We cannot separate sage from math. So we have to do the work in both worlds.

The algebraic construction in the exercise is to first construct the ring
$R=\mathbb{Z}[x]$, then to pass to the quotient
$S = R/(x^8+1)$, here we consider the (class of)
$3x^5 + 3x^4 + 2x^3 + 3x^2 + x + 2$, and mod out with respect to it too.

Then it is a good idea to mod out directly with respect to the two polynomials.
In sage:

```
R.<x> = PolynomialRing( ZZ )
f = x^8 +1
g = 3*x^5 + 3*x^4 + 2*x^3 + 3*x^2 + x + 2
J = R.ideal( f, g )
S = R.quotient( J )
```

This is a finite ring, but the corresponding methods are not implemented.
So we have to do the work on the theoretical side first. It is known, that the
ideal $J$ is related to the resultant of $f$ and $g$. Since it is a short game to pop it up
by using the euclidian algorithm in $R$,
we will do play it. But in order to do this, we pass to rationals. (Else sage will not do much with
f % g , and we need the rest.)

```
RQ.<x> = PolynomialRing( QQ )
f = x^8 +1
g = 3*x^5 + 3*x^4 + 2*x^3 + 3*x^2 + x + 2
J = RQ.ideal( f, g )
SQ = RQ.quotient( J )
print "SQ is", SQ
print "J is (over QQ) the ideal", J
r = f; s = g
while r.degree() > 0:
r, s = s, r % s
print "r = %s and s = %s" % ( r, s )
```

And we get:

```
SQ is Univariate Quotient Polynomial Ring in xbar over Rational Field with modulus 1
J is (over QQ) the ideal Principal ideal (1) of Univariate Polynomial Ring in x over Rational
```

And for the euclidean algorithm:

```
r = 3*x^5 + 3*x^4 + 2*x^3 + 3*x^2 + x + 2 and s = 10/9*x^4 - 2/9*x^3 + 11/9*x^2 + 13/9
r = 10/9*x^4 - 2/9*x^3 + 11/9*x^2 + 13/9 and s = -29/50*x^3 - 24/25*x^2 - 29/10*x - 67/25
r = -29/50*x^3 - 24/25*x^2 - 29/10*x - 67/25 and s = -775/841*x^2 + 150/29*x + 9225/841
r = -775/841*x^2 + 150/29*x + 9225/841 and s = -803996/24025*x - 253982/4805
r = -803996/24025*x - 253982/4805 and s = 96124025/192155044
r = 96124025/192155044 and s = 0
```

We had to introduce denominators, but it is clear how to multiply with them in each line,
in order to get an operation over integers. It may happen, that some denominators "loose or win factors
on the road", but the message is clear - say - up to inverting 192155044. The intermediate result in the line
with r = -803996/24025*x - 253982/4805 tells us, that $x$ may be replaced by the solution of the equation r=0 (for this r).
We store the result x == (-755/478) obtained from: var( 'x' ); solve( -803996/24025*x - 253982/4805 == 0, x )

The elegant way of doing the computations is by requiring directly:

```
sage: q, u, v = f.xgcd( g ) # gcd with u, v such that uf + gv is the gcd.
sage: u, v
(-717/4001*x^4 + 831/8002*x^3 - 3047/8002*x^2 - 1769/8002*x + 4276/4001,
239/4001*x^7 - 755/8002*x^6 + 726/4001*x^5 - 837/8002*x^4 - 1193/4001*x^3 + 1425/8002*x^2 + 511/4001*x - 275/8002)
sage: U, V = u * 8002, v * 8002
sage: U, V
(-1434*x^4 + 831*x^3 - 3047*x^2 - 1769*x + 8552,
478*x^7 - 755*x^6 + 1452*x^5 - 837*x^4 - 2386*x^3 + 1425*x^2 + 1022*x - 275)
sage: U * f + V * g
8002
```

We may be also interested to see:

```
sage: f.resultant( g ).factor()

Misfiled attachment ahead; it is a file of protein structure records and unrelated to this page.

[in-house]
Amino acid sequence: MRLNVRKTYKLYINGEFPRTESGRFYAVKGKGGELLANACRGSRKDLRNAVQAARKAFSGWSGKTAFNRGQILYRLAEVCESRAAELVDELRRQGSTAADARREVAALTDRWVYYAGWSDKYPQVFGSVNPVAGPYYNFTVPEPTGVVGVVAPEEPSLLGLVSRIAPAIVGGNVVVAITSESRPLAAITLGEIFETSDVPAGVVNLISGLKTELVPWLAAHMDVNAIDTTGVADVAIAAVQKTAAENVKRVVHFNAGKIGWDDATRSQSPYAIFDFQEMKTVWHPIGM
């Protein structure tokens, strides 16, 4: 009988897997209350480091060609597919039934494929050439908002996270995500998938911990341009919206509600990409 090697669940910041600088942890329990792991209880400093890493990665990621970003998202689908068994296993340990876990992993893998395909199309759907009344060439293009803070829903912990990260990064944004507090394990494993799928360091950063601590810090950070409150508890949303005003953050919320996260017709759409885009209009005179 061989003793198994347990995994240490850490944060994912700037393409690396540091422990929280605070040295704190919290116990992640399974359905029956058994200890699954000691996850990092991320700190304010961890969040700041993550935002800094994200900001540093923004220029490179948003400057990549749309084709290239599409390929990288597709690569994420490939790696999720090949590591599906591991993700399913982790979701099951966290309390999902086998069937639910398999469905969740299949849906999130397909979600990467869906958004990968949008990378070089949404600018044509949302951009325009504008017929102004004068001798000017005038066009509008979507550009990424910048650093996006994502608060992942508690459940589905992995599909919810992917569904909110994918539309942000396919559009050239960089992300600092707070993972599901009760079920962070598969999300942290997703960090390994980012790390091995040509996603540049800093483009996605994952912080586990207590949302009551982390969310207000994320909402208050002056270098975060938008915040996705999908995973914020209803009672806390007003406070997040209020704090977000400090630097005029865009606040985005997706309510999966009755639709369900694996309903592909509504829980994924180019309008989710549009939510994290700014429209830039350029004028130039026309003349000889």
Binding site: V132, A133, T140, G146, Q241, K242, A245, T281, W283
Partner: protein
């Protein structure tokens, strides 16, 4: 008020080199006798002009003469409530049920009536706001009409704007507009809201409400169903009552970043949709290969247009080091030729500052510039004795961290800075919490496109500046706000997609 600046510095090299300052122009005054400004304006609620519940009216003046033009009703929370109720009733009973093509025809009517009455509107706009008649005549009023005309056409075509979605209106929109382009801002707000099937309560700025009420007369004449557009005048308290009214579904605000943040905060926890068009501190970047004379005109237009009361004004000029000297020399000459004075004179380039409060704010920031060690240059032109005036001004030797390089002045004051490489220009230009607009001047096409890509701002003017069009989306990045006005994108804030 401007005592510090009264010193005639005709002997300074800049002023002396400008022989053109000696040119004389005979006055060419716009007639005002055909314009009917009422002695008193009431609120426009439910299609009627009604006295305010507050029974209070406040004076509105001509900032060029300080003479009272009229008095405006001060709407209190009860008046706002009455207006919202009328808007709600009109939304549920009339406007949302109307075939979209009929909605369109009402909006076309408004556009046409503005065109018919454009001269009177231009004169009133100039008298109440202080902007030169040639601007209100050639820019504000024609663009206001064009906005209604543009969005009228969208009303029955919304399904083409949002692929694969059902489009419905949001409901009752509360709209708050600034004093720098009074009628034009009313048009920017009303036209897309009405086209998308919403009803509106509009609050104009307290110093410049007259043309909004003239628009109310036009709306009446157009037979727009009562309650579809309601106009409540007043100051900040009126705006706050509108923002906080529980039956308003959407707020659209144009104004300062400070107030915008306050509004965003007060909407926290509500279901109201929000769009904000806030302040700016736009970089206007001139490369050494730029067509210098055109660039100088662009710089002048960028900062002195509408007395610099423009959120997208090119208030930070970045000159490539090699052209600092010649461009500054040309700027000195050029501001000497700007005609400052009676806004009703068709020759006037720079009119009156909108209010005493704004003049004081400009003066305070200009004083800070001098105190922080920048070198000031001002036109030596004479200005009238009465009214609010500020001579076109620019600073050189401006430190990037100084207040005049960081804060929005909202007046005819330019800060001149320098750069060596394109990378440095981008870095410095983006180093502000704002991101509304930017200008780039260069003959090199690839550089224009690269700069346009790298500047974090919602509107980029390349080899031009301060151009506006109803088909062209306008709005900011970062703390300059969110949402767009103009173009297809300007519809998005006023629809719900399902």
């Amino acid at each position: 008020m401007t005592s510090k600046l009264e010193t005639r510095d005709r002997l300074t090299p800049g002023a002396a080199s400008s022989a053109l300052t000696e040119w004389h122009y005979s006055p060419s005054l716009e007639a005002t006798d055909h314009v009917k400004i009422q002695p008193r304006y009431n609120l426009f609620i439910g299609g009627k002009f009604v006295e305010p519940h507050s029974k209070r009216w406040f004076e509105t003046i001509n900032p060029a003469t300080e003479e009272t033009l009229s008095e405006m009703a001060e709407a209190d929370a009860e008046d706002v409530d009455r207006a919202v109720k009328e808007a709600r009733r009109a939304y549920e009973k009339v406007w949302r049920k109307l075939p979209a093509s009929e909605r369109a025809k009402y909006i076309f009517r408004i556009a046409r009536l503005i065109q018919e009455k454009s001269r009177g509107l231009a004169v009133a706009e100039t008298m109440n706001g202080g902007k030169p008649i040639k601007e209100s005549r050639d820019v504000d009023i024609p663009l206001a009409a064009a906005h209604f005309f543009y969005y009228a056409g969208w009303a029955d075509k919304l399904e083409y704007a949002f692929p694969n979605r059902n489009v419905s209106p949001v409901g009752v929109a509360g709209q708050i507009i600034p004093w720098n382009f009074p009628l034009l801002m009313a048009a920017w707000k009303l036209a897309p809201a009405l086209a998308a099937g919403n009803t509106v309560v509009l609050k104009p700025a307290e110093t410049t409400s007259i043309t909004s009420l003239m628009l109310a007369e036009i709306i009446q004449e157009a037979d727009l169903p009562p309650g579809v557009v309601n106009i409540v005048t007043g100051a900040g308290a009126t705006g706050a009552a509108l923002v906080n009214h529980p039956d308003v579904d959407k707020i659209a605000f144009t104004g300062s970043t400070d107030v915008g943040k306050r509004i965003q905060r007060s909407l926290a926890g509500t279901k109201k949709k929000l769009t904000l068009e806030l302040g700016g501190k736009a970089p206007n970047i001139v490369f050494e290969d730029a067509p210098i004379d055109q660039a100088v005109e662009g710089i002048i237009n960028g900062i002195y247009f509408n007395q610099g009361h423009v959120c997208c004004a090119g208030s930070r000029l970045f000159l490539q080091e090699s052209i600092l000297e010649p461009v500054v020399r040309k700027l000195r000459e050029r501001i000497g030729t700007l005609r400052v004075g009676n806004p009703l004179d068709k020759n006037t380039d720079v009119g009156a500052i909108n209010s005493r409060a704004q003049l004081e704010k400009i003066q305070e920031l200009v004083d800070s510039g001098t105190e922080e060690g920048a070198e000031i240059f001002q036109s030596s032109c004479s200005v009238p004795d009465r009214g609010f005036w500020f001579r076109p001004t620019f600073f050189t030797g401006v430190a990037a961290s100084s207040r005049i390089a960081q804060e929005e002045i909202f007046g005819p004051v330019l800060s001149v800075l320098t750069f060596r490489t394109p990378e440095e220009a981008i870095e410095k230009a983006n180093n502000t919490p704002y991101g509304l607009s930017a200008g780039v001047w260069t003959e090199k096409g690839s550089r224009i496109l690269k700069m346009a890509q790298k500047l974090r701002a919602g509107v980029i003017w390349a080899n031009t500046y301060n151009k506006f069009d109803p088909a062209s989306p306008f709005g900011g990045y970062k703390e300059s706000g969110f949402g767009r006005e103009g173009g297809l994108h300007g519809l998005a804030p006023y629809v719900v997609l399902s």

2^2 * 4001
```

So which number should we trust? 2 * 4001 or rather 2^2 * 4001 ?
Which are the invariant factors of the quotient, seen as a
torsion module over integers. (Ignoring the ring structure first.)
We will show in a second that $S$ is isomorphic as a module to
$(\mathbb{Z}/2)^2\times (\mathbb{Z}/4001)$.

The map to the first copy factors as $S=\mathbb{Z}[x]/(f,g)\to (\mathbb{Z}/2)[x]/(f,g) \cong \mathbb{F}_2[x]/(x+1)^2$.
To see this, we ask sage for...

```
R2.<x> = PolynomialRing( GF(2) )
f = x^8 +1
g = 3*x^5 + 3*x^4 + 2*x^3 + 3*x^2 + x + 2
print "f modulo 2 is %s ." % factor( f )
print "g modulo 2 is %s ." % factor( g )
print "GF(2)[ x ] is a UFD, so the gcd is seen to be: %s" % f.gcd(g).factor()
```

And we get:

```
f modulo 2 is (x + 1)^8 .
g modulo 2 is x * (x + 1)^2 * (x^2 + x + 1) .
GF(2)[ x ] is a UFD, so the gcd is seen to be: (x + 1)^2
```

And in a parallel manner:

```
R4001.<x> = PolynomialRing( GF(4001) )
f = x^8 +1
g = 3*x^5 + 3*x^4 + 2*x^3 + 3*x^2 + x + 2
print "f modulo 4001 is %s ." % factor( f )
print "g modulo 4001 is %s ." % factor( g )
print "GF(4001)[ x ] is a UFD, so the gcd is seen to be: %s" % f.gcd(g).factor()
```

And we get:

```
f modulo 4001 is (x + 1115) * (x + 1413) * (x + 1866) * (x + 1970) * (x + 2031) * (x + 2135) * (x + 2588) * (x + 2886) .
g modulo 4001 is (3) * (x + 2588) * (x^4 + 1414*x^3 + 150*x^2 + 3899*x + 1244) .
GF(4001)[ x ] is a UFD, so the gcd is seen to be: x + 2588
```

So we can write down a (ring) map from $S$ to
$\mathbb{F_2}[x]/(x+1)^2\times \mathbb{F}_{4001}[x]/(x+2588)=
\mathbb{F_2}[x]/(x+1)^2\times \mathbb{F}_{4001}$, induced by sending $x$ to (the class of)
the element $(\qquad x\mod (x+1)^2\mathbb{F}_2[x]\qquad ,\qquad -2588\qquad )$.

And we can further sent this element to $\mathbb{Z}/2\times \mathbb{Z}/4001\cong \mathbb{Z}/8002$, the composition being $x\to(-1,-2588)
\cong 1413$. Note also the "coincidence":

```
sage: Mod( (-755/478), 4001 )
1413
```

What would you expect from such a command? In order for mod to makes sense the domain needs to have a well defined division, doesn't it?